I had recently been experiencing an issue at work that was driving me nuts. I first discovered this issue when I tried to open an attachment in a TFS work item. One of our QA people had kindly attached an image so that I can see the problem in action. I double clicked the attachment and was presented with an error message. I can’t remember the exact wording, it was something along the lines of “No type handler specified for the operation.” The other way this issue manifested itself was when I tried to open IE, and type in an address. It would open the URL I typed in FireFox…from IE…WTF? I also noticed clicking links in Outlook and Google Talk did not launch FireFox.

I immediately remembered that I had installed a standalone version of IE7 so I can test in both IE6 and IE7. I’m pretty sure that is what messed me all up. So, I uninstalled the standalone IE7. That didn’t help at all. I tried resetting FireFox as the default browser. Again, the problem still persisted. I tried setting IE as the default browser, didn’t work.

I then did some googling and I found that there’s a file type in Windows called “(NONE) URL:HyperText Transfer Protocol” and also another for HTTPS. These two file types were the cause of the problem. If you go into folder options then the file types tab (why are file types under folder options??), pick the above type and go to advanced, there needs to be an open action. The standalone IE7 (or MultipleIE’s, not sure which did it) removed this action for whatever reason. Once I associated the open action with FireFox, everything went back to normal.

Now, the thing that really bothers me is I googled the original error message and found a bunch of crap that was totally unrelated to my problem.  It must have been a very generic Microsoft error message.  Why can’t they help us out and in that instance, when you can’t launch a file from a work item, tell me why, I wouldn’t have wasted literally hours of my time at work.  I even had to bother other people to open the attachment and send it to me.  Thanks Microsoft.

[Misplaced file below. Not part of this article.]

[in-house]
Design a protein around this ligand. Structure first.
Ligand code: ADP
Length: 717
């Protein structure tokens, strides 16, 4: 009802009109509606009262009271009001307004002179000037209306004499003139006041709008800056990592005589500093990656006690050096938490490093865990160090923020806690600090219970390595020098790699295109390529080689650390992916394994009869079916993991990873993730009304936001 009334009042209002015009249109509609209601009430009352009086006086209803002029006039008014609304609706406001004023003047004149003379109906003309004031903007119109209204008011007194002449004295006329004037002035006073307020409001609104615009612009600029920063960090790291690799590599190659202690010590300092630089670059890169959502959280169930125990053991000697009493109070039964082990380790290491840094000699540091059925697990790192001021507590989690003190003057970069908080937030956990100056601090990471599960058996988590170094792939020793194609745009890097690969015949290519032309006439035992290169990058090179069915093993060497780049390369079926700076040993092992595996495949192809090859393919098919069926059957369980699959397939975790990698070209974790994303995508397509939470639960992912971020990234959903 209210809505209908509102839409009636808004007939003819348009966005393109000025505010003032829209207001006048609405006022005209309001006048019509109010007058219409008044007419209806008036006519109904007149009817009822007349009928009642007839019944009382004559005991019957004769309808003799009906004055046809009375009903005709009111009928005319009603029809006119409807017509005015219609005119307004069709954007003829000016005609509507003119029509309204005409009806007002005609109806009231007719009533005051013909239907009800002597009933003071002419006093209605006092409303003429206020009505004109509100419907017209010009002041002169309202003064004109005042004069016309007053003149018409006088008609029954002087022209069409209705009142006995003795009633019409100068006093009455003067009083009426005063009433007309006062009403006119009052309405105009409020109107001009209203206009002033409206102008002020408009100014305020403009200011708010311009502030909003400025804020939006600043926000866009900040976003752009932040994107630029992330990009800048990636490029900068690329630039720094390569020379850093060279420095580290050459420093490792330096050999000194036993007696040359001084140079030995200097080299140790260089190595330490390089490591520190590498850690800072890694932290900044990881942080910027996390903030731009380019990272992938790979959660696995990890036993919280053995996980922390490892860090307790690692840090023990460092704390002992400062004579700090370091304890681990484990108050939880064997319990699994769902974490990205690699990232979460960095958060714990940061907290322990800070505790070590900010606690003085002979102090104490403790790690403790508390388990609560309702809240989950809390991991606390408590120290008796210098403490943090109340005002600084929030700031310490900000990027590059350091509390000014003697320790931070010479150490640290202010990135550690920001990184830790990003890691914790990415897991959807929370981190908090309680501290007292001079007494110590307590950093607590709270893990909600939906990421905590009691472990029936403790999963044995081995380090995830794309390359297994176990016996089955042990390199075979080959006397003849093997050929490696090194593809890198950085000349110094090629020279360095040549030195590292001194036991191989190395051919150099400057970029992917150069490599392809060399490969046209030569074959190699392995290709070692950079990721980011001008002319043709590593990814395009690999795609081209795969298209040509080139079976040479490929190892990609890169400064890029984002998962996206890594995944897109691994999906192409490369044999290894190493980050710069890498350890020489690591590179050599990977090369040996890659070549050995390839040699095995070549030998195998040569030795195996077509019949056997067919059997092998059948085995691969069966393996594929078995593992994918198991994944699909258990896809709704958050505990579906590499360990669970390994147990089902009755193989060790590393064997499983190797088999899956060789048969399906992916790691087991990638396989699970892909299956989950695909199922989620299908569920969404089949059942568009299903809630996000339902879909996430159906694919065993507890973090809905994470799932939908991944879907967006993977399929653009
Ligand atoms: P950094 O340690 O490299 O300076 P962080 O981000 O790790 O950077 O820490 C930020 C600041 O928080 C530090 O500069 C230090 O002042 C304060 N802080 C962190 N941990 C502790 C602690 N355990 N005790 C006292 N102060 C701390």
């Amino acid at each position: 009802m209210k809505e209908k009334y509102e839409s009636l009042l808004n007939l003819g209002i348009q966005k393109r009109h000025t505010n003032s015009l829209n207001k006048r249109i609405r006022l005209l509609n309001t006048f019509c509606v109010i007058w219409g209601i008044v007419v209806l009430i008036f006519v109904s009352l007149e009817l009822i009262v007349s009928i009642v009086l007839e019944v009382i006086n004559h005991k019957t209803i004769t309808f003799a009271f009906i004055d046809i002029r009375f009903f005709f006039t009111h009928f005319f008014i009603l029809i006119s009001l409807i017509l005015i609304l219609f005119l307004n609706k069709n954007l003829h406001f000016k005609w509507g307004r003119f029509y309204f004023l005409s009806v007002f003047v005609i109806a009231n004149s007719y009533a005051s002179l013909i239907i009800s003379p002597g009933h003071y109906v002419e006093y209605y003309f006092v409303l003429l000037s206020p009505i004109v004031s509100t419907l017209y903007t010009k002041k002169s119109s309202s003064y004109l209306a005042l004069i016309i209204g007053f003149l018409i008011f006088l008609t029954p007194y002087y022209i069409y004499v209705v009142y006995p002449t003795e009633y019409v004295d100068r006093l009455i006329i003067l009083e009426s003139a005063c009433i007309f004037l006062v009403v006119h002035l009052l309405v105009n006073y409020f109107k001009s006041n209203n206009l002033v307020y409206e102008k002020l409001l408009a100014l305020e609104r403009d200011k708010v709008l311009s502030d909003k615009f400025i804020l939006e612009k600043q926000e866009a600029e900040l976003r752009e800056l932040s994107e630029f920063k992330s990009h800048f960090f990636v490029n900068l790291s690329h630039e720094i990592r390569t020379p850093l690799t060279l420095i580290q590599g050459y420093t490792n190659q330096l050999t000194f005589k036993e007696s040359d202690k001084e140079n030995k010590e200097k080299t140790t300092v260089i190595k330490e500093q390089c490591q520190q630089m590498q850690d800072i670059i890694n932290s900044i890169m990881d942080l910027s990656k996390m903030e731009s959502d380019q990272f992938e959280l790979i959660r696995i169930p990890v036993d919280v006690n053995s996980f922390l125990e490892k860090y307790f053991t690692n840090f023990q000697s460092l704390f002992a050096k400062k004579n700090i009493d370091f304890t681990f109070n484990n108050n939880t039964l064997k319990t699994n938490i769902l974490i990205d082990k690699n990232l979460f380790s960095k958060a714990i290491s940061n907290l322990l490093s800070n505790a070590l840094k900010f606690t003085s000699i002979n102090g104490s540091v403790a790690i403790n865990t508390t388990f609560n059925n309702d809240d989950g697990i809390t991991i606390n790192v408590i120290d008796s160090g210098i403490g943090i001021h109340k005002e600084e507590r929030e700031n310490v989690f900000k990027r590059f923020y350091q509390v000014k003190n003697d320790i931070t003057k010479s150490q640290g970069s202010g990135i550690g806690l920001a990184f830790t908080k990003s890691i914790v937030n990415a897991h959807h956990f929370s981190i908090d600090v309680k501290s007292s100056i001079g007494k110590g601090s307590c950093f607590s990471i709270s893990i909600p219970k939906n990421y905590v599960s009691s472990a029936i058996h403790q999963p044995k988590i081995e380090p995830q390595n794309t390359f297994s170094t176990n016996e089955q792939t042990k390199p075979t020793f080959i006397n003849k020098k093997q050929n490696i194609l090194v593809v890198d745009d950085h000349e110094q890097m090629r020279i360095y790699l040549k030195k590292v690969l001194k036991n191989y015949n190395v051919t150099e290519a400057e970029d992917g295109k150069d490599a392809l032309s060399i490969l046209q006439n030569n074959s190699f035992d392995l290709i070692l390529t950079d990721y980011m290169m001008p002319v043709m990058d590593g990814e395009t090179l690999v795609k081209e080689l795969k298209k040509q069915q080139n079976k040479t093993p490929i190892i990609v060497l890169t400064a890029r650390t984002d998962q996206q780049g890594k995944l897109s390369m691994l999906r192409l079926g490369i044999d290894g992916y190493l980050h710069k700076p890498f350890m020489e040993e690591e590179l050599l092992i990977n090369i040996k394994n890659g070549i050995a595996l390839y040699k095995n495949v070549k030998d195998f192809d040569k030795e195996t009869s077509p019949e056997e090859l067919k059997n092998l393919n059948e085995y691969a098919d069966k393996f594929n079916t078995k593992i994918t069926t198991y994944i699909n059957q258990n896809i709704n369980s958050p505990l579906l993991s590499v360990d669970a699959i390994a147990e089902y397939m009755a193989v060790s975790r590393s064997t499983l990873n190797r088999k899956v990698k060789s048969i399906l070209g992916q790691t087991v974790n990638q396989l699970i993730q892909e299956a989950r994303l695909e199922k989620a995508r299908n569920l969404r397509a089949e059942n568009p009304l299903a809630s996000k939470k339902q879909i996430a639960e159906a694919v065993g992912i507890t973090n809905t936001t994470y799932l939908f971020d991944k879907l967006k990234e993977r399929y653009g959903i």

I recently booted into Windows for the first time in I don’t know how long (I wanted to play some Oblivion). As usual, it took me a couple of minutes to start up and get to my desktop. However, once I got there, my machine was almost unusable. Everything was dragging, even just browsing around in Windows Explorer was slow(er than usual). I opened up task manager to see what was going on. Something was eating up 100% of my CPU about every 4 seconds or so. The culprit ended up being the Windows Media Player 11 background service.

This is the process that deals with keeping your music library up to date and apparently searching your network for other instances of itself. I then remembered I had recently moved all of my music from my Windows partition over to my Ubuntu partition, because I rarely use Windows. So, basically after having removed all of my music, Windows Media Player had no idea what to do with itself. It just went berserk trying to find where all its music had gone, leaving my computer completely unusable. Needless to say I killed the process and disabled the service.

Interestingly enough this isn’t the first time this process has caused trouble.  After I left a job recently, there were complaints about my old machine continuing to generate network traffic. This process turned out to be the guilty party.

Today’s lesson, don’t use Windows Media Player 11.  It’s an okay media player, although like anything else Microsoft it is annoying, but the stupid background process isn’t worth the trouble.  I have recently re-downloaded Winamp which works nicely.  For me, it isn’t such a big deal because 90% of the time I use Ubuntu which has Rhythmbox (and a slew of other choices).